The power of a mother's love is tested in this race-against-time debut thriller, perfect for fans of ROOM and WE NEED TO TALK ABOUT KEVIN.
OBSERVER THRILLER OF THE MONTH
‘A page-turning, adrenaline-soaked read . . . an eloquent and meditative insight into motherhood and what it means, its many small trials and wonders.’ Alison Flood, Observer
‘I devoured it in one breathless sitting. Outstanding.’ Clare Mackintosh, author of I Let You Go and I See You
‘It tore at every maternal fibre in my body. I couldn’t put it down.’ Fiona Barton, author of The Widow
Lincoln is a good boy. At the age of four, he is curious, clever and well behaved. He does as his mum says and knows what the rules are.
'The rules are different today. The rules are that we hide and do not let the man with the gun find us.'
When an ordinary day at the zoo turns into a nightmare, Joan finds herself trapped with her beloved son. She must summon all her strength, find unexpected courage and protect Lincoln at all costs – even if it means crossing the line between right and wrong; between humanity and animal instinct.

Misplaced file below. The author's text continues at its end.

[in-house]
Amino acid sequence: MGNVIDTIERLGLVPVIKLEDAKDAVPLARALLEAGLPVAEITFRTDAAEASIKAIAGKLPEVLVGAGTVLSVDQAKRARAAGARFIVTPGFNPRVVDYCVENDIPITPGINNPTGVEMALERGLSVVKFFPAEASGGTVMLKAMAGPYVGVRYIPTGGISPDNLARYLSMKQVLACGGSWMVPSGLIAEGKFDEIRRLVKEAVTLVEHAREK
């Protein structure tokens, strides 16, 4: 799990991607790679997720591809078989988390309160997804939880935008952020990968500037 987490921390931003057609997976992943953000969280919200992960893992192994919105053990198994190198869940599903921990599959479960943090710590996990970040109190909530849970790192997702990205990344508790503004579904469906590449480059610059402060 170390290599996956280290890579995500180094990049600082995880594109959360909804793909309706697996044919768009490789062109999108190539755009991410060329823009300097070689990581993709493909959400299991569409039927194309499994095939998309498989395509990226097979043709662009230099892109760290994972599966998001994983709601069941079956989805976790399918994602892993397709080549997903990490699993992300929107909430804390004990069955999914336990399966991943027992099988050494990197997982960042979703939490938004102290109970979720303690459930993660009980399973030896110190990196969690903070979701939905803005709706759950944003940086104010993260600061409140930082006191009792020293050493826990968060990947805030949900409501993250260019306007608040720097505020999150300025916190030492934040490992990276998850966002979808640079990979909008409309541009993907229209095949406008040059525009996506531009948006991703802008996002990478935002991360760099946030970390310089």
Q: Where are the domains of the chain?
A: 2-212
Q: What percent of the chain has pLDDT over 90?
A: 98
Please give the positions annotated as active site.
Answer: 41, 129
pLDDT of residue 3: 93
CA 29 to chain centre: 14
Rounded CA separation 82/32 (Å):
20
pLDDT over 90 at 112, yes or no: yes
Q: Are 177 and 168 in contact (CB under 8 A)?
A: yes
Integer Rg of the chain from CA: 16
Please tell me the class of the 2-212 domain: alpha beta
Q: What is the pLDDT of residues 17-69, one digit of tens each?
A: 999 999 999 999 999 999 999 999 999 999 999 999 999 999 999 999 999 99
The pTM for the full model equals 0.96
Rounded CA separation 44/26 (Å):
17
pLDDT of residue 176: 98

It's a line none of us would ever normally dream of crossing.
But sometimes the rules are different.
‘Fierce Kingdom is a bold exploration of the ferocity of a mother’s love - riveting and beautiful, and all too real. You’ll find yourself asking, what would I do? It’s brilliant.’ Shari Lapena, author of The Couple Next Door
‘Unbearably tense and yet beautifully written, Fierce Kingdom demands to be read in one sitting. After finishing, I pulled my loved ones a little closer.’ Paula Daly, author of The Mistake I Made
'I was absolutely captivated by this book. So, so tense, but wonderfully written. The perfect book.’ Gillian McAllister, author of Everything But The Truth
Format & Editions
For a long while Joan has managed to balance on the balls of her bare feet, knees bent, skirt skimming the dirt. But now her thighs are giving out, so she puts a hand down and eases onto the sand.
Something jabs at her hip bone. She reaches underneath her leg and fishes out a small plastic spear – no longer than a finger – and it is no surprise, because she is always finding tiny weapons in unexpected places.
‘Did you lose a spear?’ she asks. ‘Or is this one a scepter?’
Lincoln does not answer her, although he takes the piece of plastic from her open hand. He apparently has been waiting for her lap to become available – he backs up, settling himself comfortably on her thighs, not a speck of sand on him. He has a fastidiousness about him; he never did like finger painting.